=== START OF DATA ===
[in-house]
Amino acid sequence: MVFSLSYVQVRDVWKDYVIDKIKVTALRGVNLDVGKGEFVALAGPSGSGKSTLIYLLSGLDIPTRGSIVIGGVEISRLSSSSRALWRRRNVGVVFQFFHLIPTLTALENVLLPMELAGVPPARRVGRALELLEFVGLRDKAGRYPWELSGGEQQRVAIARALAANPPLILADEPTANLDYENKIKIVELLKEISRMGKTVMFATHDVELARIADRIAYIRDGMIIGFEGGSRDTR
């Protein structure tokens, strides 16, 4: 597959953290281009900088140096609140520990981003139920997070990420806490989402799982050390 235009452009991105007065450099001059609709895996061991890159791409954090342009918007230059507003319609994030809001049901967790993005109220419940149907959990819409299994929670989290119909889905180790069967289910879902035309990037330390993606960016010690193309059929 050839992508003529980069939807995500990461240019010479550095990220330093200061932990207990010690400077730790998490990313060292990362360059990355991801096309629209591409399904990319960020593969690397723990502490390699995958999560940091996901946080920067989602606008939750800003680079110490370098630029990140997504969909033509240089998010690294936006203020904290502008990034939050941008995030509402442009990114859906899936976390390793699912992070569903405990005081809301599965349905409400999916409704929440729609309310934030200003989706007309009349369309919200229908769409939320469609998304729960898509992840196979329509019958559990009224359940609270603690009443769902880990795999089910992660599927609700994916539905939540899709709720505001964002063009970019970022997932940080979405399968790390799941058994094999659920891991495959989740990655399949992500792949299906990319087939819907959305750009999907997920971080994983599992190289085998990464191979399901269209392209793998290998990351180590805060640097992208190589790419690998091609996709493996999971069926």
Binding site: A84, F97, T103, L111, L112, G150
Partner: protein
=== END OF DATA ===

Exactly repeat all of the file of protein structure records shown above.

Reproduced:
[in-house]
Amino acid sequence: MVFSLSYVQVRDVWKDYVIDKIKVTALRGVNLDVGKGEFVALAGPSGSGKSTLIYLLSGLDIPTRGSIVIGGVEISRLSSSSRALWRRRNVGVVFQFFHLIPTLTALENVLLPMELAGVPPARRVGRALELLEFVGLRDKAGRYPWELSGGEQQRVAIARALAANPPLILADEPTANLDYENKIKIVELLKEISRMGKTVMFATHDVELARIADRIAYIRDGMIIGFEGGSRDTR
């Protein structure tokens, strides 16, 4: 597959953290281009900088140096609140520990981003139920997070990420806490989402799982050390 235009452009991105007065450099001059609709895996061991890159791409954090342009918007230059507003319609994030809001049901967790993005109220419940149907959990819409299994929670989290119909889905180790069967289910879902035309990037330390993606960016010690193309059929 050839992508003529980069939807995500990461240019010479550095990220330093200061932990207990010690400077730790998490990313060292990362360059990355991801096309629209591409399904990319960020593969690397723990502490390699995958999560940091996901946080920067989602606008939750800003680079110490370098630029990140997504969909033509240089998010690294936006203020904290502008990034939050941008995030509402442009990114859906899936976390390793699912992070569903405990005081809301599965349905409400999916409704929440729609309310934030200003989706007309009349369309919200229908769409939320469609998304729960898509992840196979329509019958559990009224359940609270603690009443769902880990795999089910992660599927609700994916539905939540899709709720505001964002063009970019970022997932940080979405399968790390799941058994094999659920891991495959989740990655399949992500792949299906990319087939819907959305750009999907997920971080994983599992190289085998990464191979399901269209392209793998290998990351180590805060640097992208190589790419690998091609996709493996999971069926």
Binding site: A84, F97, T103, L111, L112, G150
Partner: protein